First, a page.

The two-story residence culminates in an addition to the rear of the house, screened off by glass panels.
Sleek white Porcelanosa tiles contrast with exposed cement details and steel beams.
A rendering illustrates the home's light-filled volumes.
The original home's front facade.
The renovated front facade boasts a porch with skylights to bring light to the interiors.
A sunny bedroom overlooking the street.
A bathroom, fitted with low-flow fixtures.
On the third floor, a glass floor leads to the roof deck.
Surrounding the roof deck are 26 solar panels.
A modern, two-story addition was suspended from the original rear facade.

Playing with Light

Division1 Architects transforms a dated row house into a modern paradigm of sustainable design

Playing with Light MARCH/APRIL 2012

Washington-based nurse recently built a residence in her native Switzerland, where eco-minded features such as geothermal heating and a green roof are not an option—they are a must.

So it should come as no surprise that she took a similar approach to renovating the Dupont Circle row house she and her husband, a DC attorney, have owned for 25 years. When the couple decided it was time to update and expand the early 20th-century property and its English basement apartment, they developed some bold plans with the architects at DC-based Division1. Not only did the owners task them with implementing solar power, geothermal and radiant-floor heating and the District’s very first residential gray-water system, but they also challenged them to break new ground from a design perspective, transforming the interior from a series of dark, fragmented rooms into a modern, flexible space flooded with natural light.

Like many homes on its block, the original front porch had been removed years ago. “The house didn’t look right without a porch,” says Division1 principal Ali Honarkar. “It needed to have its parts back.” In deciding to rebuild the porch, he disputes the notion that modern architects dismiss historic vernacular. “To us, good design is good design. The intention is to preserve anything that’s worth preserving or restoring. We wanted to respect that this is a historic district.” The new porch resembles others on the block except for skylights in its roof. “We wanted it to look clean,” Honarkar explains, “but not necessarily stand out as a modern house.” 

Once inside, however, the nod to tradition gives way to a modern interplay of form, light and volume. At its center, an open living area soars to a two-story height. Above, skylights, catwalks and exposed stairs marry raw elements with a sense of refinement. Beyond the kitchen, panels of translucent glass screen off a room that can serve as a bedroom or home office, created in a 14-foot addition suspended from the back of the house.

Honarkar and colleagues Mustafa Ali Nouri and Jin Yong Kim conducted careful light studies and built 3D models to get every detail right. They reduced the color and material palette to a minimum, which helps the narrow residence feel open and airy. Playing with stark white and steely gray, they contrasted porcelain tile floors from Porcelanosa and white lacquered cabinetry from Snaidero DC with exposed steel beams and Viroc—a sustainable cement composite used on the interior stairs and bridges.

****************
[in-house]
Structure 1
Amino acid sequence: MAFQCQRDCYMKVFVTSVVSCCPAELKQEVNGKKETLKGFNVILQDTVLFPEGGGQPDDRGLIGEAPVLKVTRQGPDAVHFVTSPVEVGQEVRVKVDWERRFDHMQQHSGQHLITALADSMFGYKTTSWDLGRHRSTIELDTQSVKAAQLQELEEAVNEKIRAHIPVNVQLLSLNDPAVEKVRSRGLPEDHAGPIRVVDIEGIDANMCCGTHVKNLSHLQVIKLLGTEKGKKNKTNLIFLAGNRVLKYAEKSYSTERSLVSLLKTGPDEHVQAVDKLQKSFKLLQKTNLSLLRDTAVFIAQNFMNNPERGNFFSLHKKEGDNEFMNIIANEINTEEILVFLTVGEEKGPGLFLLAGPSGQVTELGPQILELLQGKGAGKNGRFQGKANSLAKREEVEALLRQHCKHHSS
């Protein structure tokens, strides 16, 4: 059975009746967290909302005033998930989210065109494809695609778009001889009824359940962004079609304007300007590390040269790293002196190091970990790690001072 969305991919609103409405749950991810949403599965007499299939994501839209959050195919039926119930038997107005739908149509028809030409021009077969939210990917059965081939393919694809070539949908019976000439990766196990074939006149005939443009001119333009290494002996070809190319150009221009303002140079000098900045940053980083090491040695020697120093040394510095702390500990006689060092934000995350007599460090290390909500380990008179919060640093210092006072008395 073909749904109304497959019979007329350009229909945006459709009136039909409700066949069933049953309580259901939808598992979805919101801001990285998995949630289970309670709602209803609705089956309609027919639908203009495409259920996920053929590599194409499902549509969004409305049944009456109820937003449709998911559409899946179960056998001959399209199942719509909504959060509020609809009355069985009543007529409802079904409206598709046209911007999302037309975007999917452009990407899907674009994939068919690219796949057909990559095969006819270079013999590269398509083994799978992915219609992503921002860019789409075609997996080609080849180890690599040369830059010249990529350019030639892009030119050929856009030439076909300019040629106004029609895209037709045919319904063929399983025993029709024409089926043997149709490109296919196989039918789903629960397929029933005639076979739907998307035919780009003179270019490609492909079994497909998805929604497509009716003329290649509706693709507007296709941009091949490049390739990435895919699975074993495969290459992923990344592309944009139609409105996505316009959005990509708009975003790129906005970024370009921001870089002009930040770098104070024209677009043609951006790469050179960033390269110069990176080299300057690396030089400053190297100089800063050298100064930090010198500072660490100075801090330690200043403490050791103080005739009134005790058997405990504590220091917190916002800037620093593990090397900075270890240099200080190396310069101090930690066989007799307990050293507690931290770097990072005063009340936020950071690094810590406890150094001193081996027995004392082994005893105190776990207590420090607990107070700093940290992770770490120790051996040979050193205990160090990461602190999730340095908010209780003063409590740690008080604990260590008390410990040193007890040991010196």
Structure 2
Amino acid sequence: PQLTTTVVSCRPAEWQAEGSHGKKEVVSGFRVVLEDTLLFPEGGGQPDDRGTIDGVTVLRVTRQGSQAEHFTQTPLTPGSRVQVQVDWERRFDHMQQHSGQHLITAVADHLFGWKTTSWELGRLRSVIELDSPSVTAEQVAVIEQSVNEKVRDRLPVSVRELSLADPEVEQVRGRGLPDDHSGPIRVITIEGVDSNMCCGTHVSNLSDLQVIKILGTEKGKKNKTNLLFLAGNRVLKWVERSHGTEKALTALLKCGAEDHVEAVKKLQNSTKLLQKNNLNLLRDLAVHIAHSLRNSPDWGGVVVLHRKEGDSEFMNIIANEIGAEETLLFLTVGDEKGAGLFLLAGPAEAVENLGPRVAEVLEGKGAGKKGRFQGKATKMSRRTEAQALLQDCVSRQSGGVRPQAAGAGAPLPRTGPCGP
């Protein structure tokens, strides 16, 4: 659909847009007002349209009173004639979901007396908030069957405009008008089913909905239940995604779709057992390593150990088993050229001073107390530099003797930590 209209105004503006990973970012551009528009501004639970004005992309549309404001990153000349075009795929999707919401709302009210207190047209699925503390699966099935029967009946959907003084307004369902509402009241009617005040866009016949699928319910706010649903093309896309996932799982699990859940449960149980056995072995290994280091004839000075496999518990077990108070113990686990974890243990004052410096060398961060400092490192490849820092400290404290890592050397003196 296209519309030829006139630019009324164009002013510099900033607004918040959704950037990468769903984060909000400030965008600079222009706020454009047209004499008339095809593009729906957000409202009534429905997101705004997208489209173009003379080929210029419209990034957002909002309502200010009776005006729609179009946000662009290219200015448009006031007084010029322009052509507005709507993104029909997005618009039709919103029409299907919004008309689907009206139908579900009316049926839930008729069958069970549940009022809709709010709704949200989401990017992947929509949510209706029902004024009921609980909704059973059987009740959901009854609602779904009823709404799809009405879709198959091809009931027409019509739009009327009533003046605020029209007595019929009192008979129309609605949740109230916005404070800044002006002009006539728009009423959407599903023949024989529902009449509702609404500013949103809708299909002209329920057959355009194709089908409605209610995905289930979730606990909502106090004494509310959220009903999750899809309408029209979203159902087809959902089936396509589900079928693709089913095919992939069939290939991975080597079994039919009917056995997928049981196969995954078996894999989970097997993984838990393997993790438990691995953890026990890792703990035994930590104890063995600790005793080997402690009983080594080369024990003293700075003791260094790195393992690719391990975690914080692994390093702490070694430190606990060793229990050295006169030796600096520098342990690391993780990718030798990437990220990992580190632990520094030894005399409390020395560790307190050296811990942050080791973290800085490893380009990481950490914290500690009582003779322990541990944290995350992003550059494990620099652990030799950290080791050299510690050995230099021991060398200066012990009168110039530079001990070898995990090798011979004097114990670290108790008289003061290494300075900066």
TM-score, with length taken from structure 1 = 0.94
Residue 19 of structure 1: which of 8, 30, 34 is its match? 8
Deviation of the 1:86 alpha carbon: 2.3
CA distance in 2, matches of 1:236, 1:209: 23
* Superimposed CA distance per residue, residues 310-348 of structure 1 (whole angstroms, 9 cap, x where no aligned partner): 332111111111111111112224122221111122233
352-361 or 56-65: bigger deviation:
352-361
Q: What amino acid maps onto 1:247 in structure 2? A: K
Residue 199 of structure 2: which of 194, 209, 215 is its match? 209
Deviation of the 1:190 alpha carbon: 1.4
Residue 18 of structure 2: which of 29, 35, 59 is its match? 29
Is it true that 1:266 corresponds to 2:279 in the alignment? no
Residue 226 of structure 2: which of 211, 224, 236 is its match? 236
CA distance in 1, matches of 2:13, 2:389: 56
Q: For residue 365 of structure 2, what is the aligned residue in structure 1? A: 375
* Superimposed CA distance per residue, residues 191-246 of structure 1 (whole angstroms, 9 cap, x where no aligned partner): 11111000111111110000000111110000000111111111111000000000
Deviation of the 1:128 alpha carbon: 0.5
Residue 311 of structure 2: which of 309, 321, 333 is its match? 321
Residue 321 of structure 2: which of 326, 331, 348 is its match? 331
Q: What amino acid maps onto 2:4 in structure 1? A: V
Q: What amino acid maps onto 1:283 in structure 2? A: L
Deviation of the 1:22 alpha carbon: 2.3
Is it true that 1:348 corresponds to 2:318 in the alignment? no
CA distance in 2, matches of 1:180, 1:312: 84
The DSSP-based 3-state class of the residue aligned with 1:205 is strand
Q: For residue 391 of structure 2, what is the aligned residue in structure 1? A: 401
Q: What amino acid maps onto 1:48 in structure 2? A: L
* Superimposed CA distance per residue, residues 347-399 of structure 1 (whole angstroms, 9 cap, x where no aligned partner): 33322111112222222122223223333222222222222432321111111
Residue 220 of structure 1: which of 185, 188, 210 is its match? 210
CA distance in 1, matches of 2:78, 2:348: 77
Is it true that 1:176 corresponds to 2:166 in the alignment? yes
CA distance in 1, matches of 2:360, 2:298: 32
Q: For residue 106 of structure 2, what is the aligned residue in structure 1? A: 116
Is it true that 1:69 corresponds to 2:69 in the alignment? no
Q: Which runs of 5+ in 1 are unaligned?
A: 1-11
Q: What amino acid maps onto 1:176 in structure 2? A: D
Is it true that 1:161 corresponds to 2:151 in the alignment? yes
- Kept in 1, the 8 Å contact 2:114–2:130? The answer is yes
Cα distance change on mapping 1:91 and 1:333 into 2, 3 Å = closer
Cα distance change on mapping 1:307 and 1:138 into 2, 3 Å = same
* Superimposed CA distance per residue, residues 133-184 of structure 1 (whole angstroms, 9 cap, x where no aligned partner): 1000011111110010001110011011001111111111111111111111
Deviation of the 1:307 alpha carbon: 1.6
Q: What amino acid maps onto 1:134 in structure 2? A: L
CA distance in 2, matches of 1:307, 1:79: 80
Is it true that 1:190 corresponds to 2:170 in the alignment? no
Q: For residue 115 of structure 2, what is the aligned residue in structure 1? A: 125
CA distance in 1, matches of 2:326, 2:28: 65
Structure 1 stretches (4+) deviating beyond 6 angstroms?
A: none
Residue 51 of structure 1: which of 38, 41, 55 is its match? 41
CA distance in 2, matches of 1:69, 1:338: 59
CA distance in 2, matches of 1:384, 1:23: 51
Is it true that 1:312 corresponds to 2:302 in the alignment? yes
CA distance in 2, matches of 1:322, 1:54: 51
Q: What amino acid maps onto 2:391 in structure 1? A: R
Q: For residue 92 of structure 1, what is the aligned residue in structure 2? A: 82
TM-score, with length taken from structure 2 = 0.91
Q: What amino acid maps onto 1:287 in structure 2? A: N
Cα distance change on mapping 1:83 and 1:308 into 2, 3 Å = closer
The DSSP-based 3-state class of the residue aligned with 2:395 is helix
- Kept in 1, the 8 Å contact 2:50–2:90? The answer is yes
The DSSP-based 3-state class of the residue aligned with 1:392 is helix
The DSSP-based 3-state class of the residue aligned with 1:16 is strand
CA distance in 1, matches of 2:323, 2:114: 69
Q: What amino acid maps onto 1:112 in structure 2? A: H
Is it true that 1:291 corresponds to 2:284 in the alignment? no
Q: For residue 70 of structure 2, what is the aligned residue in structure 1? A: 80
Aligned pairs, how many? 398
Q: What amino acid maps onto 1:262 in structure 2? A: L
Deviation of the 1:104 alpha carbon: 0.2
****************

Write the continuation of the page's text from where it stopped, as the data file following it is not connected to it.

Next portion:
Every decision hinged on how to filter the most natural light into the home. Polycarbonate panels screen the white tile staircase to the second floor, where catwalks connect two sun-filled bedrooms, each with its own bath. From here, Viroc stairs lead to a third-floor room and roof deck. Added windows and the front porch skylights even pour light into the revamped basement apartment—which boasts a brand new IKEA kitchen.

Except for two rain barrels that capture water for use outdoors, there are no telltale signs revealing how eco-friendly the home is. “We wanted to design a house that’s green, but the green elements are not in your face,” says Honarkar. “It’s still all about the design.”

Solar panels power LED and low-voltage lighting and appliances. Spray-foam insulation and low-E windows by Pella and Fleetwood keep energy use to a minimum. “Gray” water from sinks and showers is re-used in toilets before leaving the house.

Division1’s first sustainable project, it involved copious research and countless visits to various permitting authorities. One of the greatest challenges was digging the 120-foot-deep holes for the geothermal system behind the home on an area the size of two parking spaces. Only one company in the area had a truck small enough to do the job. 

The homeowner has no regrets about the extreme measures—and investment— she and her husband adopted to build green. “I’m convinced that in the future resources are going to be very precious. If we have the sun, why not use it to make your electricity?” she asks. “It’s just a little contribution toward the future.”

Ironically, the owners do not live in the row house—yet. The couple shares a larger home in Woodley Park and has rented out the Dupont house and its basement apartment for more than 20 years. Now that their youngest child has gone off to college, they are planning to move in themselves—or share it with their three daughters—someday. “We are not ready to downsize yet,” says the wife, “but it’s something we’ll do eventually. It just makes so much sense to use less space and have a trimmer footprint.” 

Debi Fox is a Washington, DC-based commercial photographer. 


**Out of the array of interior design magazines, Home and Design magazine stands out as a primary idea source for luxury home design and building/remodeling features.  Wonderful visuals of custom homes and ecofriendly resources are combined with expert advice to provide a fundamental reference point for bringing amazing home interior design and remodeling projects to life.